Surrounded by security guards and dressed in a workman’s uniform and glasses, Ghosn was virtually unrecognisable from his usual suited self as he left Tokyo Detention House, where he was confined to a small cell with no heating for more than 100 days.

The once-feted executive got into a small workvan parked just off the facility’s front entrance. Public broadcaster NHK later showed the vehicle exiting the facility grounds, where hundreds of journalists, photographers and TV crews have been camped, some even overnight.

Ghosn paid the 1 billion yen (£6.84 million) bail, among the highest ever in Japan, after the Tokyo District Court rejected a last-ditch appeal by prosecutors to keep him in jail.

Ghosn, also the former chairman of Renault and Mitsubishi Motors, has agreed to strict bail conditions and given assurances that he will remain in Tokyo, surrender his passport to his lawyer and submit to extensive surveillance.

He has agreed to set up cameras at the entrances and exits to his residence, and is prohibited from using the internet or sending and receiving text messages. Ghosn is also banned from communicating with parties involved in his case, and permitted computer access only at his lawyer’s office.

He faces charges of aggravated breach of trust and under-reporting his salary by about $82 million at Nissan for nearly a decade. If convicted on all charges, he faces a maximum jail sentence of 15 years, prosecutors have said.

“I am innocent and totally committed to vigorously defending myself in a fair trial against these meritless and unsubstantiated accusations,” he said in a statement on Tuesday.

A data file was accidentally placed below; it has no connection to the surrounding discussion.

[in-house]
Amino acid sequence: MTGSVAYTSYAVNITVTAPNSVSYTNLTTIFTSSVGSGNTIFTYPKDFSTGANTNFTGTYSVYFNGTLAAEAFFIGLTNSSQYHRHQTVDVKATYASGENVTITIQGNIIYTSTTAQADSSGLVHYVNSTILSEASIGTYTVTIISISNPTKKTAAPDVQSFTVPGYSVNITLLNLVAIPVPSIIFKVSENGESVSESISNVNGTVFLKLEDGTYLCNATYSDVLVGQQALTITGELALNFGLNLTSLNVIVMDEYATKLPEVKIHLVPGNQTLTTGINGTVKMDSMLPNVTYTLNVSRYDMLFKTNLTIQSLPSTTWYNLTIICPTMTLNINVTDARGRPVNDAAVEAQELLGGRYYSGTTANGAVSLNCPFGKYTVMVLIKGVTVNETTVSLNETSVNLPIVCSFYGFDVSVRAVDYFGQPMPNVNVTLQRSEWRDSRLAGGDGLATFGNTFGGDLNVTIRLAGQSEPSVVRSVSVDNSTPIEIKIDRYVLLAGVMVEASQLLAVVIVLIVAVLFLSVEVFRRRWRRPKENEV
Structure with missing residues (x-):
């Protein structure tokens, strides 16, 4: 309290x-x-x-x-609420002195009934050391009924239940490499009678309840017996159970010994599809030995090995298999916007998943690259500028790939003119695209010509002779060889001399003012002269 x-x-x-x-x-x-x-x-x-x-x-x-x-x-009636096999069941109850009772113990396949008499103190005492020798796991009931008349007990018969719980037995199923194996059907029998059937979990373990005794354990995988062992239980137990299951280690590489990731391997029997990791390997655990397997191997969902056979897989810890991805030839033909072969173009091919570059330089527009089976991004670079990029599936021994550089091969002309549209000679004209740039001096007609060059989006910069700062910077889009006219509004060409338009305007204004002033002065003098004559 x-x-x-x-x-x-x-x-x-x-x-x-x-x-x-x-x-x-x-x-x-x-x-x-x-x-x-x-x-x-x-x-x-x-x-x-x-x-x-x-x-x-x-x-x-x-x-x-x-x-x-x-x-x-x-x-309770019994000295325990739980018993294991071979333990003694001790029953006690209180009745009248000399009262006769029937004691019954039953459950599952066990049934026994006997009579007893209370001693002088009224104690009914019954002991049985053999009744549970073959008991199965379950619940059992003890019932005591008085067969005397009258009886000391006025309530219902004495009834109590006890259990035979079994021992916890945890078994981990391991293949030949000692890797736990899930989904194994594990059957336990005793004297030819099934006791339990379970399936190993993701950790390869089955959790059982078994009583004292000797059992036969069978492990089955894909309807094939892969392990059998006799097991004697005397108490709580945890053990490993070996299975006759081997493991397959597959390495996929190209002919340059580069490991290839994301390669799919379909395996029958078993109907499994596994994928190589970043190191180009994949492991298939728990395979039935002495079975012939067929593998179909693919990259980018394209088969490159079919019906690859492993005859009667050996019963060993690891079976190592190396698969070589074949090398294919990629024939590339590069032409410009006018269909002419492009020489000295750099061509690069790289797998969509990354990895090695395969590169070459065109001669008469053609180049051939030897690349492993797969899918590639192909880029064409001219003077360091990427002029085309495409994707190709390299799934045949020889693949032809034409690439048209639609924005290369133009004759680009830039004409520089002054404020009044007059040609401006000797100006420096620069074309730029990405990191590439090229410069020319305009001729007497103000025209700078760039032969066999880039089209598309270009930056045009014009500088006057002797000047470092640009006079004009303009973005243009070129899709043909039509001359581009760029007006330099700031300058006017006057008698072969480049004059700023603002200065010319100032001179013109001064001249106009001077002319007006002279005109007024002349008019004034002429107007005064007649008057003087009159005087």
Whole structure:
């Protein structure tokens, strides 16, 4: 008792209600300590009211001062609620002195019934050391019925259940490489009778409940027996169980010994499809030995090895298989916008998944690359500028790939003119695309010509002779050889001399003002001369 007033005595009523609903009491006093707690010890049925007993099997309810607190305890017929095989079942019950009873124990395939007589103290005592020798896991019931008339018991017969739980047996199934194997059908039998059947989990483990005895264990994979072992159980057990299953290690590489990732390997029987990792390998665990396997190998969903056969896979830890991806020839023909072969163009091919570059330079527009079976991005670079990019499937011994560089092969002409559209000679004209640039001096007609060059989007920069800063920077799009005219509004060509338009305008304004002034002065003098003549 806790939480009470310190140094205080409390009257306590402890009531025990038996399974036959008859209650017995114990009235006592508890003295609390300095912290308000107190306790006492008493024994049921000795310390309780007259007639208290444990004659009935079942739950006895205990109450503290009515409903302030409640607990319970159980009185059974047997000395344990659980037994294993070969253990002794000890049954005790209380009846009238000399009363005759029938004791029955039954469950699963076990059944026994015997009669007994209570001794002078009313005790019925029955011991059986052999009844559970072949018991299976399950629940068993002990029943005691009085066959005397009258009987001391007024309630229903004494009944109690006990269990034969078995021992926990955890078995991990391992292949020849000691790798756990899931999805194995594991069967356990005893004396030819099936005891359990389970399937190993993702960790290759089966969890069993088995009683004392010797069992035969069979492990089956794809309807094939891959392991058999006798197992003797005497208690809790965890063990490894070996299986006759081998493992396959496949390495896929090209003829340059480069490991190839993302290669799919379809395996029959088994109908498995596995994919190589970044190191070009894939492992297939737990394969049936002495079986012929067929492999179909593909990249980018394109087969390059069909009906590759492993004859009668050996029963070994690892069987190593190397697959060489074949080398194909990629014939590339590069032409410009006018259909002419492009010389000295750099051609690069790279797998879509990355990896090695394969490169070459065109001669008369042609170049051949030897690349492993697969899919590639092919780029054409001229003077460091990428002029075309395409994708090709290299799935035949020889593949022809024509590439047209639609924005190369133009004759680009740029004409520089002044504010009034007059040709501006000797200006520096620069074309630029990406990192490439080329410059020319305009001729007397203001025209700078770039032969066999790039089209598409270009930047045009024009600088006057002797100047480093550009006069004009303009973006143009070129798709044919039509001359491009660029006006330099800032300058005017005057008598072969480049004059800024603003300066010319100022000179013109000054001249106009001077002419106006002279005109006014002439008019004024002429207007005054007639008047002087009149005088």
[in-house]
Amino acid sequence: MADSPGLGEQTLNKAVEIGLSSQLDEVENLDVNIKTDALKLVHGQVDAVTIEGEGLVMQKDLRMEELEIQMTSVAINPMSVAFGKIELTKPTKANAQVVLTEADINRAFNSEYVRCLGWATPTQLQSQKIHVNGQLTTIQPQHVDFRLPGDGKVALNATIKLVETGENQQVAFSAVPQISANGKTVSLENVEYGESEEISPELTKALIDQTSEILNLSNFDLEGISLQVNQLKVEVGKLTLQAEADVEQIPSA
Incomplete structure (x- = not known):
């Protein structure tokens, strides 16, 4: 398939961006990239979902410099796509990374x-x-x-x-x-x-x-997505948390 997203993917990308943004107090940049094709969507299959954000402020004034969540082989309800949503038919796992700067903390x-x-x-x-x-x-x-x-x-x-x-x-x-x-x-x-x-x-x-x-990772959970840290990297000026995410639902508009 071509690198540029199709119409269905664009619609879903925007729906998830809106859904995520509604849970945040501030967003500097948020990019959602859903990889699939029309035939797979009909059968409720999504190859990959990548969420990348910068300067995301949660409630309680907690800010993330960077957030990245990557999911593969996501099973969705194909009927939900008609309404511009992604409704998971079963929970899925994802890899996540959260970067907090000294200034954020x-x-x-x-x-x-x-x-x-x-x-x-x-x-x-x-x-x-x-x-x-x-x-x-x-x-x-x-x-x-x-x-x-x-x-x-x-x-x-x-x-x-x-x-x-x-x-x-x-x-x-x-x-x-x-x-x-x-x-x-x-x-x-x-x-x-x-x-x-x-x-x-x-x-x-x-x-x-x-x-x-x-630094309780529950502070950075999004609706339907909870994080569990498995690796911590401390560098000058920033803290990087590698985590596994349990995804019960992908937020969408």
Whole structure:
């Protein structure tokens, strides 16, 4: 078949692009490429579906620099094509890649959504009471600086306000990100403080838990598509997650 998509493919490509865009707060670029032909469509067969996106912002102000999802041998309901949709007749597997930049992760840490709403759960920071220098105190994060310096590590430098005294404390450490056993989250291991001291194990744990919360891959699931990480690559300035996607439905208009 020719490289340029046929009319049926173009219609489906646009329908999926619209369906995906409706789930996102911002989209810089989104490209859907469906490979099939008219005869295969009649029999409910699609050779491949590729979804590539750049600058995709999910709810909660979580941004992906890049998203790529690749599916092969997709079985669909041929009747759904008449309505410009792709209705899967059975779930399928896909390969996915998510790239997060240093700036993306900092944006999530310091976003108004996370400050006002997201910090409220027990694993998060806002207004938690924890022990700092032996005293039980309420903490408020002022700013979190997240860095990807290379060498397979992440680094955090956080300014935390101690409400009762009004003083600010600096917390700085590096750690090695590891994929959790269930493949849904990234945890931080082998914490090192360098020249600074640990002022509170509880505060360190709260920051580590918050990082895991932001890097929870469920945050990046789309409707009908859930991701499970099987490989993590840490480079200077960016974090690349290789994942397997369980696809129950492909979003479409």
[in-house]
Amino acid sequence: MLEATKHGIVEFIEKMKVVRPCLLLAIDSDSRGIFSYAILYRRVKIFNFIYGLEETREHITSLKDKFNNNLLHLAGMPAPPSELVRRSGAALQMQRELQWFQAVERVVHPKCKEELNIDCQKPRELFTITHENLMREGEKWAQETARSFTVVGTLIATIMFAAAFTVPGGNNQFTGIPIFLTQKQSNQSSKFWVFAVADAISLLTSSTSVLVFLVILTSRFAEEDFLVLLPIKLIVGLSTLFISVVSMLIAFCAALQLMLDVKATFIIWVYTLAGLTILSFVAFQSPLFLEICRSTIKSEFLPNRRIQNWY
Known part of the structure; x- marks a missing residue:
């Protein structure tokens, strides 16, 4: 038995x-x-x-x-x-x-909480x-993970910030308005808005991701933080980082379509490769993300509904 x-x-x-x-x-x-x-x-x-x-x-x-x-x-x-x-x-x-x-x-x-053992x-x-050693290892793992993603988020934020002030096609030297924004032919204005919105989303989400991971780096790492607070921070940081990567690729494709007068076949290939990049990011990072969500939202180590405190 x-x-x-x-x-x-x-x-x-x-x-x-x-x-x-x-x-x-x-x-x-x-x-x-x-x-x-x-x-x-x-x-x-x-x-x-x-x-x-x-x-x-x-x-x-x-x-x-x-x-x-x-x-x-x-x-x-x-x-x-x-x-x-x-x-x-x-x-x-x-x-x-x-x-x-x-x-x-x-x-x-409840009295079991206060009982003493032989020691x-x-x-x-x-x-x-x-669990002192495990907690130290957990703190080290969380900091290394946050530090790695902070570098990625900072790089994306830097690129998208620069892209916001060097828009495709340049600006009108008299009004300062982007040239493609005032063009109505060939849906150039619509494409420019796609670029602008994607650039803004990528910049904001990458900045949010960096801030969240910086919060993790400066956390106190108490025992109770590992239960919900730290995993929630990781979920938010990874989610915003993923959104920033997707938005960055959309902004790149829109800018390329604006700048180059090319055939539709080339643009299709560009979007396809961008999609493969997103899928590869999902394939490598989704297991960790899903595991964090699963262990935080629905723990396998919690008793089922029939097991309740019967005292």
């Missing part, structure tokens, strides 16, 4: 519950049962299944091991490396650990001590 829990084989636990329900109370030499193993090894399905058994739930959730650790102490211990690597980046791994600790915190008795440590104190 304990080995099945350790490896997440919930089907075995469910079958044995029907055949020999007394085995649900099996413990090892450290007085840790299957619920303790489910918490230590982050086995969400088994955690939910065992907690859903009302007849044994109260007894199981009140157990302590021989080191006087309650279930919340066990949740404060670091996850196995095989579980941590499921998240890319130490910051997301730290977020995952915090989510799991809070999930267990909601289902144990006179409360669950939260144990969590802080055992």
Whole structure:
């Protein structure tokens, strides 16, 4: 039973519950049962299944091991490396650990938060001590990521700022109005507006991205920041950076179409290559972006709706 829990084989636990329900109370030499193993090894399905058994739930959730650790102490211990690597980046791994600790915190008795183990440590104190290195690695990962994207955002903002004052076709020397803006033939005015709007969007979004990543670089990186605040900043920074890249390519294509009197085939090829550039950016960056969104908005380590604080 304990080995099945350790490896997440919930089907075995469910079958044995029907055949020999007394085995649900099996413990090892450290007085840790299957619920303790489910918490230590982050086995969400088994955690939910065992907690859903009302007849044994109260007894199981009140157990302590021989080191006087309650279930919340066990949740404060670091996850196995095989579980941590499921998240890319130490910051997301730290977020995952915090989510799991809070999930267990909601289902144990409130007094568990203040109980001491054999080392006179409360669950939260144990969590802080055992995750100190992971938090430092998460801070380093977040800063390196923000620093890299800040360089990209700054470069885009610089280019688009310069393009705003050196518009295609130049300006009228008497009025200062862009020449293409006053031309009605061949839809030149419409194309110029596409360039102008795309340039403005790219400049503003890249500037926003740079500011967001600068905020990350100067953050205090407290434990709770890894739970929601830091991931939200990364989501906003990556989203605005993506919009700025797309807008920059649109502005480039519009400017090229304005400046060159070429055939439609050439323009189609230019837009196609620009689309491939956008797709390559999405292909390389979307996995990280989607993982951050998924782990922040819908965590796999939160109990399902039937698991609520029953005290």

The finance minister of France welcomed Ghosn’s release, saying the executive would now be able to defend himself “with greater ease”. Ghosn holds a French citizenship.Slideshow (11 Images)


The release will allow Ghosn – the architect of Nissan’s automaking partnership with Renault and Mitsubishi – to meet his new legal team more frequently and build a defence ahead of trial, which could be several months away.

Last month Ghosn hired lawyer Junichiro Hironaka, nicknamed “the Razor” for his success at winning acquittals in several high-profile cases, to replace Motonari Otsuru who once ran the prosecutor’s office investigating him.

Hironaka’s appointment suggests a shift to a more aggressive defence strategy. He has already said that the charges against Ghosn should have been dealt as an internal company matter and that Japan was out of step with international norms by keeping his client in jail.

Ghosn granted bail after months in detention

The case has cast a harsh light on Japan’s criminal justice system, which allows suspects to be detained for long periods and prohibits defence lawyers from being present during interrogations that can last eight hours a day.